20 years of lines

Success in today’s packaging environment requires flexibility and performance.  Manufacturers need predictable throughput and consistent quality with minimal risk to their contracts and staff.  World-class manufacturers also have a good handle on energy and materials usage as well as a keen understanding of their changeover performance metrics.  As the volume and speed of operations increase, positive results are measured in fractional increments instead of conspicuous steps.  Decisions on partners for new equipment are based on all these factors in addition to the capabilities and reputation of the line or equipment vendor, frequently partnering with the manufacturers who offer the best solution in as turnkey a manner as possible.

Many packagers appreciate all the items listed here but simply can’t architect and purchase new lines- instead, relying on older equipment to deliver reliable solutions for packaging that hasn’t changed as quickly over time.  That doesn’t relieve the owners, managers, and operators of their responsibilities to deliver results while always pushing for higher performance and efficiency from their equipment and people.

Whether purchasing a new line or continually tweaking the operation of older equipment, manufacturers frequently deploy a manufacturing execution system (MES) to help them not only understand how their equipment runs but how to tune the systems for streamlined operation.  MES solutions promise to provide not only aggregate output but also the performance of specific equipment or blocks.  Unfortunately, purchasers of new lines frequently learn that the world-class reach of their equipment providers ends with the physical machinery while ancillary items like the MES packages are outside of the normal reach of the OEMs.  Similarly, operators of both new and older lines are lured into purchasing bolt-on software that promises easy access to any equipment’s data and seamless integration into their business systems.  However, having to coordinate with unique machinery vendors, the implementation becomes complex and costly.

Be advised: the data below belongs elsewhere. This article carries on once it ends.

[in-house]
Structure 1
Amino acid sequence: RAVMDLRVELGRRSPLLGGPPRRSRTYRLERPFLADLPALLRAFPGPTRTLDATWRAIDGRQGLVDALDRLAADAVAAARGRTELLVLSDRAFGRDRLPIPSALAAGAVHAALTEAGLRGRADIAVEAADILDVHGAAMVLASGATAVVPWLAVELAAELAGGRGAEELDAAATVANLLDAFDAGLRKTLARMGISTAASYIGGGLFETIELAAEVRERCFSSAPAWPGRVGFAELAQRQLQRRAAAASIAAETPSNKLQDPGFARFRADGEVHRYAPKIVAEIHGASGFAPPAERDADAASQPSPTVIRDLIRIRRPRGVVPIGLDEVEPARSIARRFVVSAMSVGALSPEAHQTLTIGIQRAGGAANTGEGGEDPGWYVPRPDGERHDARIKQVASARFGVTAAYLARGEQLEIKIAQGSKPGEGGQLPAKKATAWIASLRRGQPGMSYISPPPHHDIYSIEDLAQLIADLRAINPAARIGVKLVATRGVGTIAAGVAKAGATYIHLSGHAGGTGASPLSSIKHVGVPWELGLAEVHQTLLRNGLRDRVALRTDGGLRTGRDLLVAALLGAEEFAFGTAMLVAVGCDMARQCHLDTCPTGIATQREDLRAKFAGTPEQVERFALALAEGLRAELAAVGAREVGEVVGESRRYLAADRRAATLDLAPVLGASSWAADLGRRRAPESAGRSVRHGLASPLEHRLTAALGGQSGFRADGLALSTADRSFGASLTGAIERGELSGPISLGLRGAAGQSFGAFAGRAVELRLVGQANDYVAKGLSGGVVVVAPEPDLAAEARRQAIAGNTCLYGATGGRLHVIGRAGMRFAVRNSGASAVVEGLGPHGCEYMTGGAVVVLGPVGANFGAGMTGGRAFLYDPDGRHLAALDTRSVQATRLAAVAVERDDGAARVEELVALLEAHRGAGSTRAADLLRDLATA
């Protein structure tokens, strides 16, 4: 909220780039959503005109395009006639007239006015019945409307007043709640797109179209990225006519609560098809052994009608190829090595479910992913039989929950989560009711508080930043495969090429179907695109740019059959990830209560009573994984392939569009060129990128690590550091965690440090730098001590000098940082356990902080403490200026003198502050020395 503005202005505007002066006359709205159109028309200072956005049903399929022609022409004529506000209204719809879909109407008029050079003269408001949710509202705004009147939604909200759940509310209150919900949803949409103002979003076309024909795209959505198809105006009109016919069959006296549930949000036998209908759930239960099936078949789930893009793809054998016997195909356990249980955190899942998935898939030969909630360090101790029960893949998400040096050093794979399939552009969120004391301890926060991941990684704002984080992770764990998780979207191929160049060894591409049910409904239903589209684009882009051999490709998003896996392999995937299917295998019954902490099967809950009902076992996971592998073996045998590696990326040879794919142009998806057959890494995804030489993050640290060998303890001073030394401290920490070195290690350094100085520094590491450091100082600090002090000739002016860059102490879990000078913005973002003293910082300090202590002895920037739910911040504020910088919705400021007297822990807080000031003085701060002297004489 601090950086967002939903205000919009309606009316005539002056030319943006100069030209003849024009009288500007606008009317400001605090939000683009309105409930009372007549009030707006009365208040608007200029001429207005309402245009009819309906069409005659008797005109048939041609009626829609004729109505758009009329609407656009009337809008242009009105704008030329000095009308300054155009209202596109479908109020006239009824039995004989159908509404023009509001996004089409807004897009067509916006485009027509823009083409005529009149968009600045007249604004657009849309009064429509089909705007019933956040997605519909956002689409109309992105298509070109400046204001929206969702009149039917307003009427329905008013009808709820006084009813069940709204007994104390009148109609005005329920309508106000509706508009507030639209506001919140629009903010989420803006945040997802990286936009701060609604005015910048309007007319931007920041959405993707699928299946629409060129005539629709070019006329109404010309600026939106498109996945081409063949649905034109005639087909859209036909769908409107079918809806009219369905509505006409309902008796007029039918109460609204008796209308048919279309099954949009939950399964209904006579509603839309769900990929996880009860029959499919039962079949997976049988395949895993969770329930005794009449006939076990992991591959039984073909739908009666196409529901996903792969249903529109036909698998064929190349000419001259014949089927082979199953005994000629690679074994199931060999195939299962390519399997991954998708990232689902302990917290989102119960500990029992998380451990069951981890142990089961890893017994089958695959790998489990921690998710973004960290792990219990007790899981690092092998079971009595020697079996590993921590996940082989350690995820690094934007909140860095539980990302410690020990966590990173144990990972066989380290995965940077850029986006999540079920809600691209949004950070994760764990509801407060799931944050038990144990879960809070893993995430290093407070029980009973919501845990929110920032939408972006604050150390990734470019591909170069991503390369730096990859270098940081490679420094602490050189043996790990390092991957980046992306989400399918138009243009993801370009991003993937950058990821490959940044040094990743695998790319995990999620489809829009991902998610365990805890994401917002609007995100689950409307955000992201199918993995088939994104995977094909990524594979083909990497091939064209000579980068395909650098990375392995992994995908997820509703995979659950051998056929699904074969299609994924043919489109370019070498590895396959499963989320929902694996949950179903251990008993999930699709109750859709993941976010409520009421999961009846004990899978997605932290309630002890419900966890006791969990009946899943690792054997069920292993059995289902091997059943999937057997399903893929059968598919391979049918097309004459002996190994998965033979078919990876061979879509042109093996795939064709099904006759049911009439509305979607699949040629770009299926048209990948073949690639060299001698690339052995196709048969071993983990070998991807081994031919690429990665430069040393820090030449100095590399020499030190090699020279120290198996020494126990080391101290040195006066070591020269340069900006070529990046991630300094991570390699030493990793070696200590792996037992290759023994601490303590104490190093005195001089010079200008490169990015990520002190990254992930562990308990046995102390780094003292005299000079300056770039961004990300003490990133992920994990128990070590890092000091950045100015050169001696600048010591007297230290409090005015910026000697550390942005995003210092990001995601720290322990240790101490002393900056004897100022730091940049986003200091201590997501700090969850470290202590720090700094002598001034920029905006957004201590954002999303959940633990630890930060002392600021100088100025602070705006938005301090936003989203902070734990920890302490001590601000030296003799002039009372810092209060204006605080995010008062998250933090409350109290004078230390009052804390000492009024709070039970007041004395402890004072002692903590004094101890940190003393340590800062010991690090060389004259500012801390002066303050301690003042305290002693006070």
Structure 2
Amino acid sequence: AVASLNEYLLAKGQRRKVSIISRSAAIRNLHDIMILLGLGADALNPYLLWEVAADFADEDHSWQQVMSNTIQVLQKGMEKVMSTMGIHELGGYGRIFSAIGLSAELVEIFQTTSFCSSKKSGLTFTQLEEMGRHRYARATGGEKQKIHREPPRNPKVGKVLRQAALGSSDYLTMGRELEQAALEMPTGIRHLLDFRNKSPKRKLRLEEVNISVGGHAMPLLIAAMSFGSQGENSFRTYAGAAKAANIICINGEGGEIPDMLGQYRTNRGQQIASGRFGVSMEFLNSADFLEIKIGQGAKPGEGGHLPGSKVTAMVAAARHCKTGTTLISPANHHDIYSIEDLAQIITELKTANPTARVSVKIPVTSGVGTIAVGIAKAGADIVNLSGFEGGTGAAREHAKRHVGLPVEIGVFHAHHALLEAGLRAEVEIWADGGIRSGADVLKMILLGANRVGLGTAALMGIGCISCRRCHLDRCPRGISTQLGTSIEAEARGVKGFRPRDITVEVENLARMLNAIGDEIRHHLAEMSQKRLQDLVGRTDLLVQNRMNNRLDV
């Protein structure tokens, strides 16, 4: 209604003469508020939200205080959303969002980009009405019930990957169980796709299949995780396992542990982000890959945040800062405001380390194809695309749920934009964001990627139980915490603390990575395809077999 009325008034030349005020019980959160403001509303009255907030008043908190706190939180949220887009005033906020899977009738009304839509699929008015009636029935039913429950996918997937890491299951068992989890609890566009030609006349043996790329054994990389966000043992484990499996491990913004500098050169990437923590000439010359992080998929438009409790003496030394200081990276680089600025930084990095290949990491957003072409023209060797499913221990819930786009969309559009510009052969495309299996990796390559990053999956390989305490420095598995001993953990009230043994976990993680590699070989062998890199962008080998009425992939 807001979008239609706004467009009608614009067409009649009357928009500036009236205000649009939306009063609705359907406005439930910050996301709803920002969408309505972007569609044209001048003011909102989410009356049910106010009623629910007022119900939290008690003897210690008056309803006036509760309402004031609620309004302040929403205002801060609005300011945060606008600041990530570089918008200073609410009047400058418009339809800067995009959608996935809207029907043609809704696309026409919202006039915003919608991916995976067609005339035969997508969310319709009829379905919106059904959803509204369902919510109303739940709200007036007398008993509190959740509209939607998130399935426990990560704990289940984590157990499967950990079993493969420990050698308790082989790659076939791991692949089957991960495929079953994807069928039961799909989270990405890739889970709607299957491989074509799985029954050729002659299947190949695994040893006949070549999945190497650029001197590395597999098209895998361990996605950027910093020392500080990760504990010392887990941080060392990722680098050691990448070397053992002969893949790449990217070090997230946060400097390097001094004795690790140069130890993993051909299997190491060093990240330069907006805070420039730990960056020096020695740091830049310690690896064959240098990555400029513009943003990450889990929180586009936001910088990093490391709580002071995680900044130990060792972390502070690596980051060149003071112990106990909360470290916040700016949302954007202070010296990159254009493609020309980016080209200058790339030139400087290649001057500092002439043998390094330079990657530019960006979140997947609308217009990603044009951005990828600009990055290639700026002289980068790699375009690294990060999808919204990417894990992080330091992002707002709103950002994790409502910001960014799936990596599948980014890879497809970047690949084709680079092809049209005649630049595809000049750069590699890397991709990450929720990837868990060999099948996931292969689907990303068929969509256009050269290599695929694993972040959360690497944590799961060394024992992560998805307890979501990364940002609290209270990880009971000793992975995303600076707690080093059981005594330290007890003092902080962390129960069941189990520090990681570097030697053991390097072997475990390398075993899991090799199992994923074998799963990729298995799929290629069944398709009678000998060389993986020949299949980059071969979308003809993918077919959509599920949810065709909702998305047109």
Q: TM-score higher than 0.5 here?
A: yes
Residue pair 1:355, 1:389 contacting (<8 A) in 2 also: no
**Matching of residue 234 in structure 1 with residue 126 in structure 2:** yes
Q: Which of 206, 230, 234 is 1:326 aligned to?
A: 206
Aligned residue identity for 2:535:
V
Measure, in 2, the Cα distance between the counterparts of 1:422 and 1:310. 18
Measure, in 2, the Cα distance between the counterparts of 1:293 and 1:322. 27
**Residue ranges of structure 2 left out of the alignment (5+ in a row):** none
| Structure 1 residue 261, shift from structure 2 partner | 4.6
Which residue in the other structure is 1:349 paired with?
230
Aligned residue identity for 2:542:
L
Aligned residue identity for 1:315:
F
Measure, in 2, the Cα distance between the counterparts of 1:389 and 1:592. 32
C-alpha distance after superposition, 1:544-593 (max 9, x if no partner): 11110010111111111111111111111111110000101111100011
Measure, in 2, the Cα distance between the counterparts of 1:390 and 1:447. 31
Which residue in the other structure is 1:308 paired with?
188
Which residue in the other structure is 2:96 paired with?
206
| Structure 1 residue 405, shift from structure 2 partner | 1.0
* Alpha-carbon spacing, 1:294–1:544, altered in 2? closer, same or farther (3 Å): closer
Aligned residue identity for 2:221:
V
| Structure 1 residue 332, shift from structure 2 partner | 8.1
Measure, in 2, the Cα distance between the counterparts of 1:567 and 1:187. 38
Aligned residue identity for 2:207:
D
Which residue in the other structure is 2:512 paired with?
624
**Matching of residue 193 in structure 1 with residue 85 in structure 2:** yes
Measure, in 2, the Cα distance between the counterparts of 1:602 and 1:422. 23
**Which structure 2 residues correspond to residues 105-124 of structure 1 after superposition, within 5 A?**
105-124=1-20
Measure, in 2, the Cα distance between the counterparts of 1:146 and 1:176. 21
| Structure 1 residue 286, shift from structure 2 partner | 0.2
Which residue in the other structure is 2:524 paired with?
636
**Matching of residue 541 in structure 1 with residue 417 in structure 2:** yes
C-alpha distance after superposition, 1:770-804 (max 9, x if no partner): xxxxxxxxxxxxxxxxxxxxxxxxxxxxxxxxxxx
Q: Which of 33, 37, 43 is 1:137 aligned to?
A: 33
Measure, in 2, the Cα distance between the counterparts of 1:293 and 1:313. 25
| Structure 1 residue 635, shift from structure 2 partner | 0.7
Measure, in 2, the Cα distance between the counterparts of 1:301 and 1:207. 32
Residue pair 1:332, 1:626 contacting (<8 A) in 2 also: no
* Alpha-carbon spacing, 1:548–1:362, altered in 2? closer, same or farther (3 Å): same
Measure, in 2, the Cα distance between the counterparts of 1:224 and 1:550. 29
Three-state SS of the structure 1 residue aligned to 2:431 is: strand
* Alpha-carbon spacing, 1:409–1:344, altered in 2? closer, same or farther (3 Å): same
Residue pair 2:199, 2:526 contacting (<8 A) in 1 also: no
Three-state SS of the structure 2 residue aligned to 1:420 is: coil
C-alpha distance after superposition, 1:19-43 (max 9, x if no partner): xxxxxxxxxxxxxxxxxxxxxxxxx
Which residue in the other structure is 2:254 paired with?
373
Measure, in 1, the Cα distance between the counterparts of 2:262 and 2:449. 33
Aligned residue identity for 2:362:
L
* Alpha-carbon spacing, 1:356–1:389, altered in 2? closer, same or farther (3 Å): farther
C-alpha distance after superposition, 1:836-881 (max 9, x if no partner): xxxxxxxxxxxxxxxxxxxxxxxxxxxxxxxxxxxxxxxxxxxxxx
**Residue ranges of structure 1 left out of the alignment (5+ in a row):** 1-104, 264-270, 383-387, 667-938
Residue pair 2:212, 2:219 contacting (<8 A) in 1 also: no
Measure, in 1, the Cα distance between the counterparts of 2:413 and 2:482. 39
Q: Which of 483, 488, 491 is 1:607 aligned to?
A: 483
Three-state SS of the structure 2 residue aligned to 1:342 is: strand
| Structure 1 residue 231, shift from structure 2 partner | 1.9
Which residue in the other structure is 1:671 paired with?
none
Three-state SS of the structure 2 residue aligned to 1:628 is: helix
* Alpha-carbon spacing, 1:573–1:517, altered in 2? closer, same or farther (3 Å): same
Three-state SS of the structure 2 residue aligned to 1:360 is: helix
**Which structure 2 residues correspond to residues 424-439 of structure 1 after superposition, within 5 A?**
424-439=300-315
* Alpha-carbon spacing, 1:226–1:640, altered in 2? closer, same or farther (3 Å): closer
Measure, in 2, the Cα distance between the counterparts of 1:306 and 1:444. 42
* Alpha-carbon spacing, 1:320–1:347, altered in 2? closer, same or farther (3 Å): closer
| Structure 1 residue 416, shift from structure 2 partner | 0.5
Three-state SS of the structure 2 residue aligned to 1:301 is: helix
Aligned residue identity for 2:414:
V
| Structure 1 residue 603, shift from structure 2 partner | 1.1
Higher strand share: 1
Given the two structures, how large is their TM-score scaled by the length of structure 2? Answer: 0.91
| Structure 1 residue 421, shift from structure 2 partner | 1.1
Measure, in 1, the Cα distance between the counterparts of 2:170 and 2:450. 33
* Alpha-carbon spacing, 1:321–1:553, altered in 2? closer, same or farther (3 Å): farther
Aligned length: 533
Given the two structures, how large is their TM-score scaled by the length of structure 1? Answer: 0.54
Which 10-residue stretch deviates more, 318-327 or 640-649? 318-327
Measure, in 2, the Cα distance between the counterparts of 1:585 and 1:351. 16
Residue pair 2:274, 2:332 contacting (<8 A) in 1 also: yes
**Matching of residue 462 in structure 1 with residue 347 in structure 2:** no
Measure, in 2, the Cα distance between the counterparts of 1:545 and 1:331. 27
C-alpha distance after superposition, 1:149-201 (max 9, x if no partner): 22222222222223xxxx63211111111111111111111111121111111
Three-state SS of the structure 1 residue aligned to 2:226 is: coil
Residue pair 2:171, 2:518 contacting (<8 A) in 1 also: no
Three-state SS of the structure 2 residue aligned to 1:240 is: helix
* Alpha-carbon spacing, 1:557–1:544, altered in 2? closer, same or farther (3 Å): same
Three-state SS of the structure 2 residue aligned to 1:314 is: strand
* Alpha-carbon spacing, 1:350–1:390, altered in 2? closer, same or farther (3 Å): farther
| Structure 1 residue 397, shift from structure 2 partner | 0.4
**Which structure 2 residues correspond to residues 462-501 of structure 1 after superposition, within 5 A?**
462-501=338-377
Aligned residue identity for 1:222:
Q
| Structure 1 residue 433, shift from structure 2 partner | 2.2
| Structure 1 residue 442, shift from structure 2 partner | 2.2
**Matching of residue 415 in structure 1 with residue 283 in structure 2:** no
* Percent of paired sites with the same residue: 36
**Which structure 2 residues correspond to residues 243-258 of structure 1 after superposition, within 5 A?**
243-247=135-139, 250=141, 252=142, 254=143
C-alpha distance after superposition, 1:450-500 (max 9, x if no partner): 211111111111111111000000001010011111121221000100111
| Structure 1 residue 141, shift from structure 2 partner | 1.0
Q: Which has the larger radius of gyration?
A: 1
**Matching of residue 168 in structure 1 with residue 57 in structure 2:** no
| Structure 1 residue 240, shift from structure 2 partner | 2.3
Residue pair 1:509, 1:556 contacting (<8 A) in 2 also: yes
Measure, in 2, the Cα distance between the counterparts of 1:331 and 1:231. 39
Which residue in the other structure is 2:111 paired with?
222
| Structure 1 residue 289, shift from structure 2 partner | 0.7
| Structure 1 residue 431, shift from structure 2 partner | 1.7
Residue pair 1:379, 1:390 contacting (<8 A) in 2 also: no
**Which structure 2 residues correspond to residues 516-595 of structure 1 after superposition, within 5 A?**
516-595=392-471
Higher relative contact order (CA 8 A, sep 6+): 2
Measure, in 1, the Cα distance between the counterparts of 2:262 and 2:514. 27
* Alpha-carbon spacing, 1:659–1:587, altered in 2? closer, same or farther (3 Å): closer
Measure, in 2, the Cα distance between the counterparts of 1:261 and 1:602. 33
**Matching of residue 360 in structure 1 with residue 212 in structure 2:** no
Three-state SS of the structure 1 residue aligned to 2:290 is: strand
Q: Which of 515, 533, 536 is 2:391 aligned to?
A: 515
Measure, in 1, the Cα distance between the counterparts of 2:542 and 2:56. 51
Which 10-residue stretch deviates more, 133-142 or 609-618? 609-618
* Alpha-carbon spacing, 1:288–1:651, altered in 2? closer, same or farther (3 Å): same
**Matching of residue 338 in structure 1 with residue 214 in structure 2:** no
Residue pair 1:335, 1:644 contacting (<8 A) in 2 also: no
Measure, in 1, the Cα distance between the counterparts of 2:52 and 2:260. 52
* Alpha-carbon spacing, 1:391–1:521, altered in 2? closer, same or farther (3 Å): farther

How does a packager not become stuck in the middle?  The solution may be easier than some might expect.  Much like the decision to purchase durable machinery frequently leads to established, reputable firms, the decisions about line MES implementation yield the same level of solution.  Certified Control Systems Integrator Association (CSIA) integrator Process and Data Automation (PDA) has been delivering these solutions for twenty years.  Founded in 2002, PDA began life as many integrators do, with a regional focus and a handful of resultant industries where they thrive.  One of the industries serviced by PDA from the outset has been high-speed equipment, lines, and software related to the packaging of a wide variety of products.

Today PDA commissions dozens of automated packaging solutions each year and they deploy a similar number of MES and data acquisition systems on existing and new lines.  They routinely deliver dynamic solutions that are on-premises, cloud-based or hybrid in architecture.  This steady stream of high-speed line integration and optimization projects has generated a set of capabilities and culture within PDA that is difficult to match in the integration community.  Many manufacturers have achieved innumerable dollars of value based on their Process and Data Automation applications.